24 Sep, 2011, teqneek wrote in the 1st comment:
Votes: 0
So Ive been delving into LUA the last week or so and really love its possibilities and honestly just as something to play around in.

I have a long standing personal project Ive been working on for about 2 years, (a custom base in C++). Now that I have alot of the base fundamentals (things(Creatures, objects), brains, a world, sql based content pipeline, I really want to delve on the user development aspects, and add life to the game as well.

Over 15 years ago I started on MERC, Circle, SMAUG, and their OLC and MobProg systems really brought the games to life. Games now a days like Aardwolf have robust LUA functionality for their programs, though while not really seeing how it works under the hood, I was hoping there was a different way to go about it.

While I understand the fundamentals of the LUA language now, and the basics of embedding LUA into a C/C++ application, I am still caught up on some of the implementation possibilities and the route one should take.

So some questions if you would indulge me :)

It seems as though alot of implementations on Circle and Aardwolf for example, constantly execute scripts based on triggers. One LUA File to a trigger, and its continuously loaded on use with metatables and userdata being passed to it to gain access to real time variables and methods?

Is it nessacary to constantly load scripts and constantly be pushing metatable/data userdata to the lua stack and deleting it? Or can it stay there and be persistant with the object its linked to (and its script? One file per Entity (its encompassing behavior, movement, combat, entering a room, say phrases etc) is my goal..)

Maybe this can stir up the topic and I can get my head around this more. Ive looked at Nick's code for players and resets, but there doesnt seem to be much else out there.

24 Sep, 2011, kiasyn wrote in the 2nd comment:
Votes: 0
you can load a lua engine for each item and then have your script define the events, eg
function on_enter( ch )
wave( person )

you can also load multiple files for your lua engine (if using just one engine) and define it differntly, like this:
vnum = 10000
world.entities[vnum].on_enter = function( ch )
wave( person )

edit: i just re-read your post and realise this might have been what you have already tried, sorry.
24 Sep, 2011, teqneek wrote in the 3rd comment:
Votes: 0
Well I guess my concern was keeping everythign in one Global State. Ive seen approaches that load a st ate for every entity, but that could be alot of overhead, and you lose the possibility of sharing global variables and metatables.

While I grasp different ways i can do it within a script, I guess my questions are more of an approach stand point, and I guess fundamental activity between the LUA engine and the C code.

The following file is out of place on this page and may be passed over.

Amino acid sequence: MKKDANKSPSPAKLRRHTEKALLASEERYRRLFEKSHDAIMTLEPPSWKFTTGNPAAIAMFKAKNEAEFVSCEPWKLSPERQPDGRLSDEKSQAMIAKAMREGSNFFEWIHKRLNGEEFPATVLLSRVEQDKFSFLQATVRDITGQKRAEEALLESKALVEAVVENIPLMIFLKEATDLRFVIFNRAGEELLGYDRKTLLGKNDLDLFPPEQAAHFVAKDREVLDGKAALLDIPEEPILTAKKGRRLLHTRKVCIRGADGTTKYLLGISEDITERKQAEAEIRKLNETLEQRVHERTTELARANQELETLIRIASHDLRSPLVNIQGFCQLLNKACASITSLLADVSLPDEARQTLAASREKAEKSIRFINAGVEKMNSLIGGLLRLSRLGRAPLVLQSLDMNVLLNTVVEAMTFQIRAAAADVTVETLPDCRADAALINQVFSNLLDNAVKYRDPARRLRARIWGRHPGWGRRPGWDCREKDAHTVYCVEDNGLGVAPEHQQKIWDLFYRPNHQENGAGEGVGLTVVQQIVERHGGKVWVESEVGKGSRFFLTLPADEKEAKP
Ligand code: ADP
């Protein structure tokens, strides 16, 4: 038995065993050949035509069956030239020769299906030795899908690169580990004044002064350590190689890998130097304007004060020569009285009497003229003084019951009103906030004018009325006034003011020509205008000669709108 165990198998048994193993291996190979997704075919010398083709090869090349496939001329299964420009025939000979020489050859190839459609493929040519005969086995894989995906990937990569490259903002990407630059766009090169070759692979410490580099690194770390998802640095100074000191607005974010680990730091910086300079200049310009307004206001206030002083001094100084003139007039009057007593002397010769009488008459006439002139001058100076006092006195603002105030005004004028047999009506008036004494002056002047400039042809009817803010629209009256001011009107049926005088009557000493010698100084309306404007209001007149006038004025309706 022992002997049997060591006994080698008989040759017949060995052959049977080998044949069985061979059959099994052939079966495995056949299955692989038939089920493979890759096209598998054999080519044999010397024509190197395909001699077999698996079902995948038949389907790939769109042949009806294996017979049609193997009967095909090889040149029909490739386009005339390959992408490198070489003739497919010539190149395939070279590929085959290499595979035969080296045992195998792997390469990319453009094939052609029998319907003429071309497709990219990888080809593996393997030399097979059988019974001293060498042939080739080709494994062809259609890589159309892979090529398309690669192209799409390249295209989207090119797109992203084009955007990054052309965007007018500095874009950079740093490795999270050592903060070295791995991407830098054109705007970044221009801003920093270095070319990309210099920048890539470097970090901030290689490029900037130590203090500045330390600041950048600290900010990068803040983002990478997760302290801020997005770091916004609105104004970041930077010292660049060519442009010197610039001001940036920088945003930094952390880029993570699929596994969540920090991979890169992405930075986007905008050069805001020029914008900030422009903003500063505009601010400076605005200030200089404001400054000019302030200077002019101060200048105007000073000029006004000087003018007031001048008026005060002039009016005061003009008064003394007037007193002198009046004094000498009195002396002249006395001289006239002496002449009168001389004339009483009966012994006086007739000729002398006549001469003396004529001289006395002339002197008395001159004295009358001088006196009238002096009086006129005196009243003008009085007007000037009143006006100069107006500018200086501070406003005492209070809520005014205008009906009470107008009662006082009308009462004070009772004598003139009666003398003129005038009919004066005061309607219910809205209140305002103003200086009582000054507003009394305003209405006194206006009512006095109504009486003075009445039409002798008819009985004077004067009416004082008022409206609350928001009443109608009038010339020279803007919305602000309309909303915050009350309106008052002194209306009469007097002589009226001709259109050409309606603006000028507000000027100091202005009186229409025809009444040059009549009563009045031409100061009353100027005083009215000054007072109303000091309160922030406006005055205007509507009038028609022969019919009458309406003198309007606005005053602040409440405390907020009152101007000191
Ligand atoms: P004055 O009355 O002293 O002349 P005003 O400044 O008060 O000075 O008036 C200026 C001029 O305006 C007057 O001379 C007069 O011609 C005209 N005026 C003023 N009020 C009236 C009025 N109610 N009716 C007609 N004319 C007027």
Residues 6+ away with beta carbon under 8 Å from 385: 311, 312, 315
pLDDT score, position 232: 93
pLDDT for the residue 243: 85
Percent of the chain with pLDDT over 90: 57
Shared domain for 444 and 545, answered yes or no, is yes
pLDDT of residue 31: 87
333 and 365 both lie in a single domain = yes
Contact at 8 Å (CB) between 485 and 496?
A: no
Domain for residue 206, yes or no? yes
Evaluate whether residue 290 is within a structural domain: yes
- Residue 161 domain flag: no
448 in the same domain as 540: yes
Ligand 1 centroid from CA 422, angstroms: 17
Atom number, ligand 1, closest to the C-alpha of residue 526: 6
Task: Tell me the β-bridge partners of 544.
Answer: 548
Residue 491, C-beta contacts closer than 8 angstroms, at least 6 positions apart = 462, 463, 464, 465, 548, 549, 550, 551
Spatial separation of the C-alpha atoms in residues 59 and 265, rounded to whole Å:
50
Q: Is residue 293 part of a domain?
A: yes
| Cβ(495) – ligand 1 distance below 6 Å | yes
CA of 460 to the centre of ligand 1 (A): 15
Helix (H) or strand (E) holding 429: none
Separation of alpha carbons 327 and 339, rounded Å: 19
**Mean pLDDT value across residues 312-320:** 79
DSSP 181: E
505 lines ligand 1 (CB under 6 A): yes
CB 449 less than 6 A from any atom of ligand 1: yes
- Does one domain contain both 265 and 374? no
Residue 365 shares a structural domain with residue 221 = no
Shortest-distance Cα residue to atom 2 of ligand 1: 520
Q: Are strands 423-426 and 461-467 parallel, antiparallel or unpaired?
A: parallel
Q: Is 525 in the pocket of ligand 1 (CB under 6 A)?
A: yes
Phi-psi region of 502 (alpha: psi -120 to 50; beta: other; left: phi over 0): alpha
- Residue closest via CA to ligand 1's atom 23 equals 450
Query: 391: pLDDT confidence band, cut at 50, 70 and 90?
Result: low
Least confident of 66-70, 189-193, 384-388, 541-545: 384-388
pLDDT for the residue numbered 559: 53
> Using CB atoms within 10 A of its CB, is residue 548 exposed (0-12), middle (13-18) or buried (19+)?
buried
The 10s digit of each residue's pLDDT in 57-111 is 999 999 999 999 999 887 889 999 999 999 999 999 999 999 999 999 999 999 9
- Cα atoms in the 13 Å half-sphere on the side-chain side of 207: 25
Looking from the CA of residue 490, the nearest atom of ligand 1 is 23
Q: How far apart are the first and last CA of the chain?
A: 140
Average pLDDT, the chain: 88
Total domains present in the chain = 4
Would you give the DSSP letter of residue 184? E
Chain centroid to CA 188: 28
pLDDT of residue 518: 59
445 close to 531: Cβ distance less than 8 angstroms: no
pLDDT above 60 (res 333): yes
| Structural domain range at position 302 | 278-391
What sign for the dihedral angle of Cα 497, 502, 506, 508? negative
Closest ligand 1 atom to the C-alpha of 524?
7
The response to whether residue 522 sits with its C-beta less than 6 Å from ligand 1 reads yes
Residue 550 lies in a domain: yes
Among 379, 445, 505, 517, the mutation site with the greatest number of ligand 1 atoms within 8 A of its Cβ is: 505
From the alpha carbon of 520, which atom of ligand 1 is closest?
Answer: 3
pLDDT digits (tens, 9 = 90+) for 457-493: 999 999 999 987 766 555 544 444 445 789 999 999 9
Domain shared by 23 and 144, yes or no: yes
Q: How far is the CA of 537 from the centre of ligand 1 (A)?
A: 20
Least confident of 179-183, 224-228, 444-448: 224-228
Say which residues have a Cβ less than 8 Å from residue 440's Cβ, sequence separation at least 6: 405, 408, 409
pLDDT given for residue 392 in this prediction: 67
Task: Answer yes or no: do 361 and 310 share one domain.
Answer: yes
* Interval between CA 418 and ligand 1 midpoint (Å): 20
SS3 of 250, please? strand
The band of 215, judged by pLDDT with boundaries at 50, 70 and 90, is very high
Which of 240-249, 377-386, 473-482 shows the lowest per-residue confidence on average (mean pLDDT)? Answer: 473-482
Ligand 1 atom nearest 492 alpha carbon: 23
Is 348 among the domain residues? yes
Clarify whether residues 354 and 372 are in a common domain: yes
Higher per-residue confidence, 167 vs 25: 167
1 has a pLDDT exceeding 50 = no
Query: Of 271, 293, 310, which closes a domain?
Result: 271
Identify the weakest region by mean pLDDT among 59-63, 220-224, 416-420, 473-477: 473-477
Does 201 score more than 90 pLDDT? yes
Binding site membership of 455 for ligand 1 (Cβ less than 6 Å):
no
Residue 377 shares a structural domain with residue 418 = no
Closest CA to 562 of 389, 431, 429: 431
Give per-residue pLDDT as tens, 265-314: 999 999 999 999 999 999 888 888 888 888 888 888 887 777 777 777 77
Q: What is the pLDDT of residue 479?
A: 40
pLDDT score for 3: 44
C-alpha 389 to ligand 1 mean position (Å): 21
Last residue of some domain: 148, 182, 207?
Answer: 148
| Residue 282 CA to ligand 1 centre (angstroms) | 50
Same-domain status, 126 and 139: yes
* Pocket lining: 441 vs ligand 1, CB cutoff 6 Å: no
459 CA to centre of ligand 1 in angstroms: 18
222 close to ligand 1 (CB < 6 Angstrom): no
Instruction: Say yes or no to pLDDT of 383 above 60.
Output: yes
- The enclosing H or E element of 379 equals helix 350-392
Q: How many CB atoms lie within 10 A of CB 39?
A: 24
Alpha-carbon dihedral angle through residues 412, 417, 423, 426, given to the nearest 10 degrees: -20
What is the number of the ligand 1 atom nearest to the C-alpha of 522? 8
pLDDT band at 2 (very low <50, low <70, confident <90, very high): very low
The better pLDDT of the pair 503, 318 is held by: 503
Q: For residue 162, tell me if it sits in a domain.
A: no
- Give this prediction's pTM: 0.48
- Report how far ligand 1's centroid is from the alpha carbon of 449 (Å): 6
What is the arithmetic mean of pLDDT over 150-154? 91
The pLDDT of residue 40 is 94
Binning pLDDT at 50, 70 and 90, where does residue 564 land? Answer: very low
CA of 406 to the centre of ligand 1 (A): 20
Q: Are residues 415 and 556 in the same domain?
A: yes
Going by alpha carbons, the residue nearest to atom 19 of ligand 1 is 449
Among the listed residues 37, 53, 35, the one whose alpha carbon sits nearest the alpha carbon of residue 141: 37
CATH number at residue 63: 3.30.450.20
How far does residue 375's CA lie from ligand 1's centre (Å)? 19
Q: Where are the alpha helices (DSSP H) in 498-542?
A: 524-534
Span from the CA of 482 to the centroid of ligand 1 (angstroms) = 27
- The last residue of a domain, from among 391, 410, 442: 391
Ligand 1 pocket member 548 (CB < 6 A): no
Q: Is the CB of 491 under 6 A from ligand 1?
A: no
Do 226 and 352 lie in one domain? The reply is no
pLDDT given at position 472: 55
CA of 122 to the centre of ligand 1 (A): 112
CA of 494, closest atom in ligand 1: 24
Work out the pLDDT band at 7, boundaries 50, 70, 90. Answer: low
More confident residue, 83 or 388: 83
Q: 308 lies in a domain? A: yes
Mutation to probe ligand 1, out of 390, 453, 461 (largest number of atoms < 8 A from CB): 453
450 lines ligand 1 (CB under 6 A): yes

For example your bottom piece of code there, would I need to load that code with lua_load everytime I wanted to run it? Or is there a way store that script, attached to a particular entity on the LUA stack, so that its easiy referenced later to execute any scripts in that file without reading in the byte code again with the LUA_LOAD function? In turn these scripts would reference the metatables / userdata saved on a stack for later use..

I guess Im looking to see if there is a persistant way to keep all of these on the lua stack, or loading scripts, over and over (even teh same ones eg: I had a "Wandering Function" it called the wandering function every 5 seconds, do I need to lua_load that script everytime or is there a way to attach that Wandering function to the entity that needs it at that time dynamically)
24 Sep, 2011, Runter wrote in the 4th comment:
Votes: 0
The scheme that people choose to implement Lua scripting is largely dependent upon their needs, and the qualities Lua has. Like being light-weight to instantiate. This means you can give each player a full scripting environment and expose what you want to them. Like a function to send text to them. I think your answer lies in understanding the fundamentals of how interpreted languages work wrt persistence. There's no magic bullet, instructions rarely have state. And when they do it leaves people scratching their head. (flipflop operator in Ruby). Therefore, when you talk about "loading code" you're really talking about the consequences of running code. Running code may result in the state of the environment being set. These variables have a scope and references. From outside of the environment, in this case in C, you have the interpreter state. This is encapsulated, and just like how you needed to expose things to it, in a similar way you get back stuff based on what was exposed. Usually with callbacks. So I advise you look into how Lua sandboxes code. C doesn't really change things here. Whether you run Lua from within C, or some other language, the same principle of environments apply. I'd be weary of doing things that forfeit the real advantage and power of Lua. What you really want here is safe code that only operates on what you expose to it. I don't see anything wrong with Gammon's paradigm.


What exactly are the limitations you believe this has?

This looks like a good read as well. http://www.gamedev.net/page/resources/_/...
24 Sep, 2011, plamzi wrote in the 5th comment: